The UK economy expanded by 0.7% in the second quarter of the year from the first quarter, in-line with estimates. The strong figures show that the UK economy has regained momentum after a mild slowdown in the first quarter of the year when GDP expanded by just 0.4%. Compared to the same quarter in the previous year, GDP was up by 2.6%, also in-line with estimates.
Britain’s dominant service sector grew by 0.7% from the previous quarter as business and financial services recovered from a stagnant first quarter, expanding by 0.8%. Transport, distribution and hotels also performed well but the government sector unsurprisingly grew by just 0.1% due to public sector cuts.
The biggest turnaround came from production industries, which after a modest 0.2% growth in the first quarter, jumped by 1% in the second quarter, the highest figure since 2010. The strongest growth came from mining and quarrying, which saw output surging by 7.8% over the quarter. Water supply and sewerage also performed well with 4.8% growth. But manufacturing continued to struggle and contracted by 0.3% over the quarter. Agriculture and electricity & gas also fared poorly and shrank from the previous quarter.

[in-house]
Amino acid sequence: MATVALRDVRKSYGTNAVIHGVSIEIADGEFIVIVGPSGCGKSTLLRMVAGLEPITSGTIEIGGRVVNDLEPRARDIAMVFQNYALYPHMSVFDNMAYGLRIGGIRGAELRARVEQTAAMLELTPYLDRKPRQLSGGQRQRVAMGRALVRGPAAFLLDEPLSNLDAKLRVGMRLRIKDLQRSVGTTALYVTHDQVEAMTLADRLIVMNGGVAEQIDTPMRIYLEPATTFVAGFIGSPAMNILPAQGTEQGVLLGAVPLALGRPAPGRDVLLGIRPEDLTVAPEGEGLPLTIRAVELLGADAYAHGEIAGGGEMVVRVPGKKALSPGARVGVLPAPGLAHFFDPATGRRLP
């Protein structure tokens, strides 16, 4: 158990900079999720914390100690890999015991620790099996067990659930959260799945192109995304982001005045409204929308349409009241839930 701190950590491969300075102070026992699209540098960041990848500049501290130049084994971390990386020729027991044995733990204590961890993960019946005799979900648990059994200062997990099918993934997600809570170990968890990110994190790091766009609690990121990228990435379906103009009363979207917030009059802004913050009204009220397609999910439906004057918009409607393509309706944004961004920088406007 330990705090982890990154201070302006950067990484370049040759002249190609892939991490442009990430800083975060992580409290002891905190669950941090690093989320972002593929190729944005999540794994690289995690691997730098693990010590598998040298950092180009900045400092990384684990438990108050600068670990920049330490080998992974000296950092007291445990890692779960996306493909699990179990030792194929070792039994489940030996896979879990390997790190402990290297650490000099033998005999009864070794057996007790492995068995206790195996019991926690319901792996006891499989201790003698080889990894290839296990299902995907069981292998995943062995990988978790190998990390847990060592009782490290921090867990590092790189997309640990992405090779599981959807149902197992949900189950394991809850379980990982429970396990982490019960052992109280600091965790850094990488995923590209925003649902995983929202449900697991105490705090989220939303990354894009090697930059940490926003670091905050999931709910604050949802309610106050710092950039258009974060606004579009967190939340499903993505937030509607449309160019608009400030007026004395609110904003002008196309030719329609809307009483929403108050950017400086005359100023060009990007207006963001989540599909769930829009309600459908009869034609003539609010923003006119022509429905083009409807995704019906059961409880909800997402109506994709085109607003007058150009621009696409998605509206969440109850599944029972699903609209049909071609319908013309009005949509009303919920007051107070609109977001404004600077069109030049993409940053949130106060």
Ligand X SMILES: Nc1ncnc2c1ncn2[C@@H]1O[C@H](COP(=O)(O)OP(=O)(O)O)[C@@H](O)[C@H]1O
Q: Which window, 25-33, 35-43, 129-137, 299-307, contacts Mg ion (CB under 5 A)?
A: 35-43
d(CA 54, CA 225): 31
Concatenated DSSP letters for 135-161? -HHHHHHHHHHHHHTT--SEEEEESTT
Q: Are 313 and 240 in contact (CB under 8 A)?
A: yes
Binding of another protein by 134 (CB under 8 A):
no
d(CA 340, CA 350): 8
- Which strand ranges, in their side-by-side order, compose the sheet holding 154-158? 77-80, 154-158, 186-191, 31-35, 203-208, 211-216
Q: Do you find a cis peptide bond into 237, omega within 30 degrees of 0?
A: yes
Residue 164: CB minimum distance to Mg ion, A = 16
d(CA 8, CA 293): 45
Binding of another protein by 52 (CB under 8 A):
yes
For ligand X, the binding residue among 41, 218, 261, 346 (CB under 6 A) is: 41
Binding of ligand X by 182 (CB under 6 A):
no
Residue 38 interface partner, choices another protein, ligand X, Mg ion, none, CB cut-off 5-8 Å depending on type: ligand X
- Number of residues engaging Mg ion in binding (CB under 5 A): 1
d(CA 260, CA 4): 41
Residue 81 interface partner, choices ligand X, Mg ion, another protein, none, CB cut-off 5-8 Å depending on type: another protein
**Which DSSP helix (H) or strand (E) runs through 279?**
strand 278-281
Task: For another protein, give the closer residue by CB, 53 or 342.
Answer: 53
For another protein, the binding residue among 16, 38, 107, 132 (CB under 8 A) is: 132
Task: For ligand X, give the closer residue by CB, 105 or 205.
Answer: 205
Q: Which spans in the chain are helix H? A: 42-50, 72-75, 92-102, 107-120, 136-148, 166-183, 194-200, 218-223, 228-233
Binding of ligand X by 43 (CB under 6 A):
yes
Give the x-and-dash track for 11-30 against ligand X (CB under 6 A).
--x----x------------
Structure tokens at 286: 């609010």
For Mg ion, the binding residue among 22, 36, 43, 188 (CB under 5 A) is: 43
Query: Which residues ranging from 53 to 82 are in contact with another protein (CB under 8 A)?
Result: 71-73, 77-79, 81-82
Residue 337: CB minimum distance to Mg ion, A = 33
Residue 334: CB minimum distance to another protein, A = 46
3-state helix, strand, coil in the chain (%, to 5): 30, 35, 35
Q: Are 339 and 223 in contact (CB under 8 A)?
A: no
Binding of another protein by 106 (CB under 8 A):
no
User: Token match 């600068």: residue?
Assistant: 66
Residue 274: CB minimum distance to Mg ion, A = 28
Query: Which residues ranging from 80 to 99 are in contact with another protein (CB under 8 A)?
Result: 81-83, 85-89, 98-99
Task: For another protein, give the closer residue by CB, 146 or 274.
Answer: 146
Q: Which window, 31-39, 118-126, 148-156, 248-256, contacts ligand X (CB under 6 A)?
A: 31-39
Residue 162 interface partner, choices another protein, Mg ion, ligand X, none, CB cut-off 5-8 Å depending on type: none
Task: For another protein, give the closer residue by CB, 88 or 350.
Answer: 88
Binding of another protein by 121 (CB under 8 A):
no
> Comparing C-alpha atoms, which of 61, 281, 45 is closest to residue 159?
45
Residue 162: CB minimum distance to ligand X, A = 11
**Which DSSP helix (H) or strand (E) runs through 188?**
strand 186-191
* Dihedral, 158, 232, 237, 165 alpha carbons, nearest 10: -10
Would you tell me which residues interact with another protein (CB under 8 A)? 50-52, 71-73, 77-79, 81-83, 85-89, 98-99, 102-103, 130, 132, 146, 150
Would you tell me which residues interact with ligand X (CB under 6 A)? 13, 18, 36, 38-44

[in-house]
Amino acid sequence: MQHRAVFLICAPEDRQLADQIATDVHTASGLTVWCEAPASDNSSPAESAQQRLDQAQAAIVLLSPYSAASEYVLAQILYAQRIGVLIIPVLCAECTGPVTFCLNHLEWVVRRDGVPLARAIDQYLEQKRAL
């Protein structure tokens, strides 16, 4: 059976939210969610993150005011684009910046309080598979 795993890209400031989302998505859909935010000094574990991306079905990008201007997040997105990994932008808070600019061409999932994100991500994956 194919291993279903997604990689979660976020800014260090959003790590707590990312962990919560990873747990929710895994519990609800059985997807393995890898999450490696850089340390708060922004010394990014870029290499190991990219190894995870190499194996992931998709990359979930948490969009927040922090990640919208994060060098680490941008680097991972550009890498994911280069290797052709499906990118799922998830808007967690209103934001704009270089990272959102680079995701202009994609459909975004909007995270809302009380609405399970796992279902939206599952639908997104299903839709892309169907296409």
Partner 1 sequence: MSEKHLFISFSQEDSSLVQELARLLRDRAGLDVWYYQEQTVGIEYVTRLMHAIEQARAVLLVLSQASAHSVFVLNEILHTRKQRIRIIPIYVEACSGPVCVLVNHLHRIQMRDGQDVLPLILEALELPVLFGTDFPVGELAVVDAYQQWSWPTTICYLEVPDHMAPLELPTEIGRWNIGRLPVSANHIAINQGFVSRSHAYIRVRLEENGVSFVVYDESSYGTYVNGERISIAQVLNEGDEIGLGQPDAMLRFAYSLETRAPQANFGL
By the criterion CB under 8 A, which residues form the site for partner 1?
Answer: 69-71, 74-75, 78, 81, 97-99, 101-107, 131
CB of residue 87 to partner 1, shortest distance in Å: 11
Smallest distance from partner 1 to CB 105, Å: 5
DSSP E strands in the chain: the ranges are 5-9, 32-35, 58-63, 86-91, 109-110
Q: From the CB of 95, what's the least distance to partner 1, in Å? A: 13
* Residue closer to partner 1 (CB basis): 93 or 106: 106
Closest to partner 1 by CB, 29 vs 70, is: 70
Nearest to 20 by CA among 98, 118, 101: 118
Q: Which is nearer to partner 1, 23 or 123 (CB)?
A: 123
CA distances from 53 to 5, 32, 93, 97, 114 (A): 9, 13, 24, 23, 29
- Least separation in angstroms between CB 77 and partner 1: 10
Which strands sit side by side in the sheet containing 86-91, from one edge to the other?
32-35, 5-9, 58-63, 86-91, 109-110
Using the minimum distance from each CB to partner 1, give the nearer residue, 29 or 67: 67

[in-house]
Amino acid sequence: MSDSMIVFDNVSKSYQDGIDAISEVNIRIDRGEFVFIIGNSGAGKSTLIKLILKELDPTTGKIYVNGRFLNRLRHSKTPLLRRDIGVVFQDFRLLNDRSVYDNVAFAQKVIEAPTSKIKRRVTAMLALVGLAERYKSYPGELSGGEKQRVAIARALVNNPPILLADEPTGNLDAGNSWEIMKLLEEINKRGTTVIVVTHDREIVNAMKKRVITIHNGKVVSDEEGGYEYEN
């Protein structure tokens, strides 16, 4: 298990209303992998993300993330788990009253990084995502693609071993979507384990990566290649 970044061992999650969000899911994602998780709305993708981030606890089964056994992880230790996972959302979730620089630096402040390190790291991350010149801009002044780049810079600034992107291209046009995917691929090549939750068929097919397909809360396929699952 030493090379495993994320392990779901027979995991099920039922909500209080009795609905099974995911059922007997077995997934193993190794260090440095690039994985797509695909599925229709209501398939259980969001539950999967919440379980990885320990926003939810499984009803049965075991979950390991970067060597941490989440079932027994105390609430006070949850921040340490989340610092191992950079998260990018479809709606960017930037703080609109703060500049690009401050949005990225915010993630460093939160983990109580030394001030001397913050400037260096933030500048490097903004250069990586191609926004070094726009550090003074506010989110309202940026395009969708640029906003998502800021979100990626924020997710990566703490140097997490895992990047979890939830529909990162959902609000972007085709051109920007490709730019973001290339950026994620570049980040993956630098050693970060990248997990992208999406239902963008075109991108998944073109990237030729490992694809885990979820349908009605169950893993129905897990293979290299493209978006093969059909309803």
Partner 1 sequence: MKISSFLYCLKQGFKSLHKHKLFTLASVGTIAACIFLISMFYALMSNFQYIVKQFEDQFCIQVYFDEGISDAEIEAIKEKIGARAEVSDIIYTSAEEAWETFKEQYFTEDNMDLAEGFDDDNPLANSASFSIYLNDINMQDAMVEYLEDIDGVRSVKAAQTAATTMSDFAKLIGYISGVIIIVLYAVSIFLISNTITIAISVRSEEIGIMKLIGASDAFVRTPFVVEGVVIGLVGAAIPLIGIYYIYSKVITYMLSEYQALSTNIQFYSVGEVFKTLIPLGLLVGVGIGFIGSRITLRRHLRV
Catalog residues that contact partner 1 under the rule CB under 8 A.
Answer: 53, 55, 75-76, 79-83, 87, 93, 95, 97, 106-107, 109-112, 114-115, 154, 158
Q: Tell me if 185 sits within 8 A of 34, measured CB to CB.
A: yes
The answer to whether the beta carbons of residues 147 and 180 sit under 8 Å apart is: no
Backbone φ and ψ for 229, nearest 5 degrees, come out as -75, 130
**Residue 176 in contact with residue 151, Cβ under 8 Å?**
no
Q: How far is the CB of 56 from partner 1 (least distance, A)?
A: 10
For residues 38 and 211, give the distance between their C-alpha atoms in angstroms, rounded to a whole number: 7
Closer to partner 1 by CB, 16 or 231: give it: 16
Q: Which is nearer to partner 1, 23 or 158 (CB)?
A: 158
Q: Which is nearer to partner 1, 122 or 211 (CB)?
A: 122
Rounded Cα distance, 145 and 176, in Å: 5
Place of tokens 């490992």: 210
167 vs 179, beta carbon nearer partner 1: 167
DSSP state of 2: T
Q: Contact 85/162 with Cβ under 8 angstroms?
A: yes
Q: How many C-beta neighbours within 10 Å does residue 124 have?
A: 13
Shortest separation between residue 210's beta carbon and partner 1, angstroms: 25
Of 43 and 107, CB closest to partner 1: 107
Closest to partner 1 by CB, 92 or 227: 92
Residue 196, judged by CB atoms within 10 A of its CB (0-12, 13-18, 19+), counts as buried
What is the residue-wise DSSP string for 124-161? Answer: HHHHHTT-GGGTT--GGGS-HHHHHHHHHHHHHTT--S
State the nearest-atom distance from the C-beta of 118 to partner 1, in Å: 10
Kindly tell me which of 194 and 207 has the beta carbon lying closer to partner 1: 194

Construction output, which recently saw big upward revisions to previous quarters’ data, was unchanged from the previous quarter.
Although initial estimates are subject to large revisions, there is little concern that the UK’s consumer driven economy is about to slow down anytime soon. With unemployment falling, wages rising and inflation running at historically low levels, British consumers are set to continue spending. This may pose a challenge for the Bank of England as the recovery in manufacturing has lagged the service sector. The surge in mining and quarrying output is unlikely to provide permanent support to the production industries as the sector was boosted by the highly volatile North Sea oil and gas production. The stronger pound also makes the job of rebalancing the UK economy tougher as manufacturers have started to report weaker orders in recent months.
However, markets expect the Bank of England will focus on the pace of wage growth and the Governor, Mark Carney, has repeatedly signalled that interest rates could go up as early as the end of 2015/beginning of 2016. The pound jumped against the dollar and the euro after the data came out as it affirmed the current outlook on UK rates and growth. Cable reached a high of 1.5617 before easing to 1.5595 by mid-European session. The euro meanwhile continued to slide against the pound, dropping to 0.7073.